Climate Resilience

Happening Now

The City of Asheville’s Climate Resilience Assessment has been a collaborative effort with UNC Asheville’s National Environmental Modeling and Analysis Center (NEMAC). Led by the Office of Sustainability, this initiative has been ongoing since 2016 and involves various City departments. It is designed to help the City be prepared for and hopefully lessen the impacts of future extreme weather and climate change.

The primary purpose of the climate resiliency planning process is to consider climate-related threats and hazards (such as fire from drought or flooding/landslides from heavy rain events) with a goal of becoming more resilient, or better prepared for them, through what is called adaptive capacity.


Climate change is not just a buzzword or an agreement signed by nearly 200 nations gathered in Paris. It affects us here in Asheville. Climate change is expected to bring more flooding — and with it landslides — as well as drought — and with it fires, like the ones Western North Carolina experienced last fall.

Many local governments are recognizing the need to build climate resilience, as extreme weather events are becoming more frequent and/or more severe than in the past. Resilience is defined as the capacity of a community, business, or natural system to prevent, withstand, respond to, and recover from a disruption.

Since 2016, the City of Asheville’s Office of Sustainability has been working with UNC Asheville’s National Environmental Modeling and Analysis Center (NEMAC) to determine how Asheville can become more resilient to these environmental changes.

City departments such as such as Public Works, Asheville Fire Department and Information Technology Services have been part of this research and planning process.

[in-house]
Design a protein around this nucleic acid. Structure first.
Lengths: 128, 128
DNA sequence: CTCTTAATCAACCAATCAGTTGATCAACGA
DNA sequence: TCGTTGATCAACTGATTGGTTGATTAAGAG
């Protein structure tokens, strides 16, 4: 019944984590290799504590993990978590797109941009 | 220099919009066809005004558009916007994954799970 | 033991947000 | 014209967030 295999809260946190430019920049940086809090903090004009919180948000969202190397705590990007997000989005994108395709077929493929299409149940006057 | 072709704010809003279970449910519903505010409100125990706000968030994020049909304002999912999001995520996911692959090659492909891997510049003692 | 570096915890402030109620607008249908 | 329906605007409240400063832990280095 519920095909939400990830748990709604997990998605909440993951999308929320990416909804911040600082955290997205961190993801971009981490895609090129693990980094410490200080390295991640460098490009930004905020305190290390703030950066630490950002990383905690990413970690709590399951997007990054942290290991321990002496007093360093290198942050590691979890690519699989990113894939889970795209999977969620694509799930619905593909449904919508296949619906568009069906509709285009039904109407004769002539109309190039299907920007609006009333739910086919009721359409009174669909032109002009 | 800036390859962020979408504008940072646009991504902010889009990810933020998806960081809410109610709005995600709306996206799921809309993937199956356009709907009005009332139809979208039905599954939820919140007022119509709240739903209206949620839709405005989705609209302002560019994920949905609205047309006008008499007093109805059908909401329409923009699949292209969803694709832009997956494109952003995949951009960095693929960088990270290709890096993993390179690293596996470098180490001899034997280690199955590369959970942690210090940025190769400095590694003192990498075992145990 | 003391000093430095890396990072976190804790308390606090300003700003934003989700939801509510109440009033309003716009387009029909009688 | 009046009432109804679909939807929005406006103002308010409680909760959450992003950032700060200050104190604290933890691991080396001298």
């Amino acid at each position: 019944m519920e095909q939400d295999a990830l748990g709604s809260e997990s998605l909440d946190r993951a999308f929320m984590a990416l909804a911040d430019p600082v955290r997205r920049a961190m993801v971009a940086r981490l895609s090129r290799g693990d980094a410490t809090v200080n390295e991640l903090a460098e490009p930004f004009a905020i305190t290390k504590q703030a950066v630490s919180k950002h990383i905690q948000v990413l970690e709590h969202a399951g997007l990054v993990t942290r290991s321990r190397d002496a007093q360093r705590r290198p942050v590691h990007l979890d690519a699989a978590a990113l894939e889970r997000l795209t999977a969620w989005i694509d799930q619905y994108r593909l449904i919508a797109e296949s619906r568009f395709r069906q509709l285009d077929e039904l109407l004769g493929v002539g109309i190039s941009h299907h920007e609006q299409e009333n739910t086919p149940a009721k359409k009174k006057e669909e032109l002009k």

NEMAC and City staff have been analyzing possible impacts of extreme weather by modeling the city’s vulnerabilities — things like the location of steep slopes that could wash out in a flood, how much impervious surface we have that makes rainwaters travel faster, and percent of natural areas for habitat and conservation that are susceptible to wildfires during a drought.

Following completion of Climate Resiliency Assessment, the project will include an initiative to promote preparedness to climate threats through communication, education and awareness of the results of this climate resilience planning process.

That information will help identify actions the City — and its residents and businesses/industries — can take to best prepare for these hazards and other future possible conditions.

A team of City staff will participate in two internal workshops, facilitated by UNC Asheville’s NEMAC, to identify key messages for public communication. These messages will highlight information and strategies the public can consider for building resilience on their properties and within their neighborhoods. The messages will be targeted towards specific public audiences, including neighborhoods and residents, residential properties, commercial properties, and industrial properties.

The results of the staff workshops will then be used to develop a resource guide for the public. UNC Asheville’s NEMAC is tasked with the design and development of the content for the publication. This content will also be used by IT services in the development of a complimentary public resource guide via the city’s Simplicity platform.

Public information session will be held after the development of the publication and will also include engaging and implementing the Government Alliance for Race and Equity toolkit to ensure equitable access and implementation of suggested best management strategies; building resilience to Asheville’s climate threats.



2016 – Asheville’s Office of Sustainability begins work with UNC Asheville’s National Environmental Modeling and Analysis Center (NEMAC) and other City departments on a climate resiliency assessment.

2017-2018 – Core climate resiliency team continues assessment and moves toward identifying preparedness options or what is called adaptive capacity. Quantifiable metrics from maps and data are being used to understand areas of vulnerability and risk.

2019 – The City expects to share information with the public through an Asheville Climate Resilience Toolkit. A national model exists. View it here. A Climate Resiliency report will be presented to City Council. Its findings will be incorporated into policy decisions.


Supporting Documents

Asheville Climate Resilience Resource Guide

Case Study – Asheville makes a plan for Climate Resilience

Blog post – City of Asheville working towards a proactive plan in the face of climate change

Final Assessment Report – April 2018

Recording from Community Information Session on June 19, 2019